Press Complaints Commission (PCC) chair Peta Buscombe has resigned, as the phone-hacking scandal claims another "convenient scalp".
The media watchdog chief had previously feared the PCC would become a scapegoat for its failure to prevent wrongdoing at the News of the World tabloid.
Now she has bowed to pressure to quit by announcing her decision not to stand for another three-year term when her first period in the job comes to an end at the end of the year.
"In the interim, she will continue her work of promoting industry reform, before handing over to a replacement after a candidate has been approved," the PCC said in a statement on its website.
It added that it expected Baroness Buscombe to contribute to the judge-led inquiry into phone-hacking as "an expert on media regulation".
"I am pleased that the commission want me to continue in post until my successor has been appointed," she said.
"Thereafter, I will be able to be a campaigner for change from outside the organisation. I wish to contribute to the Leveson inquiry and participate fully in the overall debate regarding reform, unfettered by my role as chairman of the PCC."
Baroness Buscombe had resisted pressure to go over phone-hacking in late 2009, when lawyer Mark Lewis made allegations about wrongdoing at the News of the World.
The last month has seen her defend the PCC as being "grossly undervalued" after Ed Miliband called it a "toothless poodle" and David Cameron labelled it "ineffective".
"The public needs the existing work of the PCC to continue and be built upon," Baroness Buscombe added.
"I have worked as chairman to ensure that we give real help (both before and after publication) to members of the public, who otherwise would have no-one to turn to.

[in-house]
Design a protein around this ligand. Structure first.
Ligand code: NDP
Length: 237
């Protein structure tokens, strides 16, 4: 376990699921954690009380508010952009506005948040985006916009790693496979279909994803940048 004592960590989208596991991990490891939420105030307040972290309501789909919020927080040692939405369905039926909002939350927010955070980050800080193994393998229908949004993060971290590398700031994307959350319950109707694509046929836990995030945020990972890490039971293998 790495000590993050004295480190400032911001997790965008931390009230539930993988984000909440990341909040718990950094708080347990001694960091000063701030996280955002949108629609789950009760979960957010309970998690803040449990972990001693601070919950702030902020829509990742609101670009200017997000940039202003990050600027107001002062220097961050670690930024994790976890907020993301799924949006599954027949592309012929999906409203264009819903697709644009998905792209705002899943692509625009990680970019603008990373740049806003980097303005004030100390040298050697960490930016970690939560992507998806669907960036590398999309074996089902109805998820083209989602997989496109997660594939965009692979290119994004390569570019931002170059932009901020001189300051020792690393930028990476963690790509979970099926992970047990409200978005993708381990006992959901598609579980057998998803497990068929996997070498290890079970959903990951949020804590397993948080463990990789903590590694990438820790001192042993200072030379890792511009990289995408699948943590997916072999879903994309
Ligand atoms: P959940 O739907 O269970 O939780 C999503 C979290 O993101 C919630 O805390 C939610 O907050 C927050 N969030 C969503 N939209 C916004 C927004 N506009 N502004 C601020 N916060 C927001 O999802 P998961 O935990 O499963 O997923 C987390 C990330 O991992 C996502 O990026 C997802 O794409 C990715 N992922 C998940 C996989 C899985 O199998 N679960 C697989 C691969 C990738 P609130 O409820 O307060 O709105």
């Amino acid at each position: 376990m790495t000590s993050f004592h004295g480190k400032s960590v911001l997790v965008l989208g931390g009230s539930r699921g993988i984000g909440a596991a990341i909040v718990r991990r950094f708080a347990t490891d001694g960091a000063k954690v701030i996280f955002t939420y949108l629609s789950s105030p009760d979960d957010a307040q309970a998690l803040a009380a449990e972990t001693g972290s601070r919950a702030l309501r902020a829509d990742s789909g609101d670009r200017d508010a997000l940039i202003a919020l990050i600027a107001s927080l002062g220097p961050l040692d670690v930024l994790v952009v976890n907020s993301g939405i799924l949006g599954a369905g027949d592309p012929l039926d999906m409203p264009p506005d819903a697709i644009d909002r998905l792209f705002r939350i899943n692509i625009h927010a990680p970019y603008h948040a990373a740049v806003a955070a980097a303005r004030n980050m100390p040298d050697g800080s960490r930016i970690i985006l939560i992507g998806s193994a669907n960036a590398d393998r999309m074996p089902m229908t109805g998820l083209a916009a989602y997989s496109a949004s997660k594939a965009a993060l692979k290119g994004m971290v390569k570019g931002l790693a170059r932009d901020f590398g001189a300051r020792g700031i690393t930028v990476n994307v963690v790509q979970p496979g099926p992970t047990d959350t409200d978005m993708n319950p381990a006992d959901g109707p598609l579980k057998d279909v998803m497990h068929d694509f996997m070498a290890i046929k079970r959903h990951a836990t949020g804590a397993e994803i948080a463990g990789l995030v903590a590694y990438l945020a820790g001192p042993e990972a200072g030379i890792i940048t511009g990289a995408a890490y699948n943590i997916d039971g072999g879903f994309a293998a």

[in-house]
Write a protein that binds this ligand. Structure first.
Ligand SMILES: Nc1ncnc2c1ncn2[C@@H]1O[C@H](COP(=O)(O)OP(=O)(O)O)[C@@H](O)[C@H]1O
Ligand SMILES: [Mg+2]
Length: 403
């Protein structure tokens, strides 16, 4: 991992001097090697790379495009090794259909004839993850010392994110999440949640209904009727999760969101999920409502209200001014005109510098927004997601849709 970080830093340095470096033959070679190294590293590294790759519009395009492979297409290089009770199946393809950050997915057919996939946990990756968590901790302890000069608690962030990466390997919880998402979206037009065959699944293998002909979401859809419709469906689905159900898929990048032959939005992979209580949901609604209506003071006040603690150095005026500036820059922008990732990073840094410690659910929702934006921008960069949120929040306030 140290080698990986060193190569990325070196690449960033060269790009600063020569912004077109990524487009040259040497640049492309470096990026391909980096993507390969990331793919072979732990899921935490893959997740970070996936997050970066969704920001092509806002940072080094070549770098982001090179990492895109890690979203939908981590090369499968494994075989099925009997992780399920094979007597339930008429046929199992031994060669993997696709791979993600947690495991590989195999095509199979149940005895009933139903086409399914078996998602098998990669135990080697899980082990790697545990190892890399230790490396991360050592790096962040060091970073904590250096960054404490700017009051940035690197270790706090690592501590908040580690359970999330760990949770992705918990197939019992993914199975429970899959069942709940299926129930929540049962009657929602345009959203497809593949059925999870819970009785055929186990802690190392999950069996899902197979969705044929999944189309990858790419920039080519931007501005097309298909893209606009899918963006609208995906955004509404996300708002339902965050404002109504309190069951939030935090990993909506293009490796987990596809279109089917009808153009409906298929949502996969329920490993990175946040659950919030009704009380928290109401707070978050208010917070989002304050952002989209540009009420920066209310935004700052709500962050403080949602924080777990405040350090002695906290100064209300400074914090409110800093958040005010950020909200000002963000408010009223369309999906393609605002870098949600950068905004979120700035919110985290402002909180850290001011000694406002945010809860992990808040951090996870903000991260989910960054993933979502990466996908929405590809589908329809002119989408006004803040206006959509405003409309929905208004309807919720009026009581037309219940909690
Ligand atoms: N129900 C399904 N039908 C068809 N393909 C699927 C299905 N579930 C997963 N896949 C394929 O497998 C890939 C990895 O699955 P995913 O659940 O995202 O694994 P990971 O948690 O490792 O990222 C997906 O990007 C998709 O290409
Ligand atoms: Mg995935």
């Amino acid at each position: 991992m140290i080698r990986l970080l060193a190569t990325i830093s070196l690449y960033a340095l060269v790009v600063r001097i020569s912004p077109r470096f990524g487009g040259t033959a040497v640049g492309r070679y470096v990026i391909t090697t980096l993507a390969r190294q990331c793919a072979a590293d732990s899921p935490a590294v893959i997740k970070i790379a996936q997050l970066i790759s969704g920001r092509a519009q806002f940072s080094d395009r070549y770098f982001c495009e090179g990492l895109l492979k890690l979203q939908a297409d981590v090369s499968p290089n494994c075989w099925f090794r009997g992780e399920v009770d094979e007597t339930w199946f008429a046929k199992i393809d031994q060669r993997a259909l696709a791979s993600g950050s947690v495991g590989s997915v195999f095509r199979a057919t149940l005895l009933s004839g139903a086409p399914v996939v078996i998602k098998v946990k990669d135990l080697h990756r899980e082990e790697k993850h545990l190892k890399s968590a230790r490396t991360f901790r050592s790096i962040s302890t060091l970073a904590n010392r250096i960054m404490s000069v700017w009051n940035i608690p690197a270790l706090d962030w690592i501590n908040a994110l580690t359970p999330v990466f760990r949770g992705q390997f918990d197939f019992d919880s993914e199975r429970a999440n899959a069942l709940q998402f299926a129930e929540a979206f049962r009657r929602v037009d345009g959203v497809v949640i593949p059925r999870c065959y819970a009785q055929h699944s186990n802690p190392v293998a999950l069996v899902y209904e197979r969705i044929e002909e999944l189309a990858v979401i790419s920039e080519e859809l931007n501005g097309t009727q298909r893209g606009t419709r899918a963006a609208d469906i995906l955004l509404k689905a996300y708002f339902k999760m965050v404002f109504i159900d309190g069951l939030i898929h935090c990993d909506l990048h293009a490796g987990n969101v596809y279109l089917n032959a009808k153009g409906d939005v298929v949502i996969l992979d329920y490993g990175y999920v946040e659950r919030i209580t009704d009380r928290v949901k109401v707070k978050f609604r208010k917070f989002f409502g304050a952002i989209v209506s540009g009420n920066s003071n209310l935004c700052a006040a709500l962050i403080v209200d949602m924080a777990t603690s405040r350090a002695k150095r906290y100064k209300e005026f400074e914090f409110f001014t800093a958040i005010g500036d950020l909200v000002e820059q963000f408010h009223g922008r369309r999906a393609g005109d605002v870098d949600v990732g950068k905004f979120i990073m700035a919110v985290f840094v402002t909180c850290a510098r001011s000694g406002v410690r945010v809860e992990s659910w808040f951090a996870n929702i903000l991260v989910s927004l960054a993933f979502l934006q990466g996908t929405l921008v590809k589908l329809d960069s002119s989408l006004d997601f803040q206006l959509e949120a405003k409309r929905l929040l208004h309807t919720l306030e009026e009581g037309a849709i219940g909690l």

"The staff of the PCC are unsurpassed in terms of the effort and intelligence they bring to their work."
Seven newspaper editors sit on the board of the PCC, leading to accusations that it has struggled to be independent of newspaper journalists' judgement.
The Liberal Democrats were quick to dismiss Baroness Buscombe's contribution, however.
"The PCC has clearly failed. It was limited in its powers and its ambition. What we need now is a bold regulator that editors can't ignore," the Lib Dem parliamentary party's culture, media and sport committee said.
"Several people involved in the phone-hacking scandal have already paid for their mistakes, with one notable exception. James Murdoch should now be considering his position. Peta Buscombe joins a list that should grow longer yet."
Baroness Buscombe's resignation is the latest in a series of exits triggered by the phone-hacking scandal.
News International's chief executive Rebekah Brooks, Metropolitan police commissioner Sir Paul Stephenson and Rupert Murdoch's lieutenant Les Hinton all resigned as a result of the revelations.
Baroness Buscombe was appointed to the post in April 2009, having previously been chief executive of the Advertising Association and a frontbench spokesperson for the Conservatives in the Lords.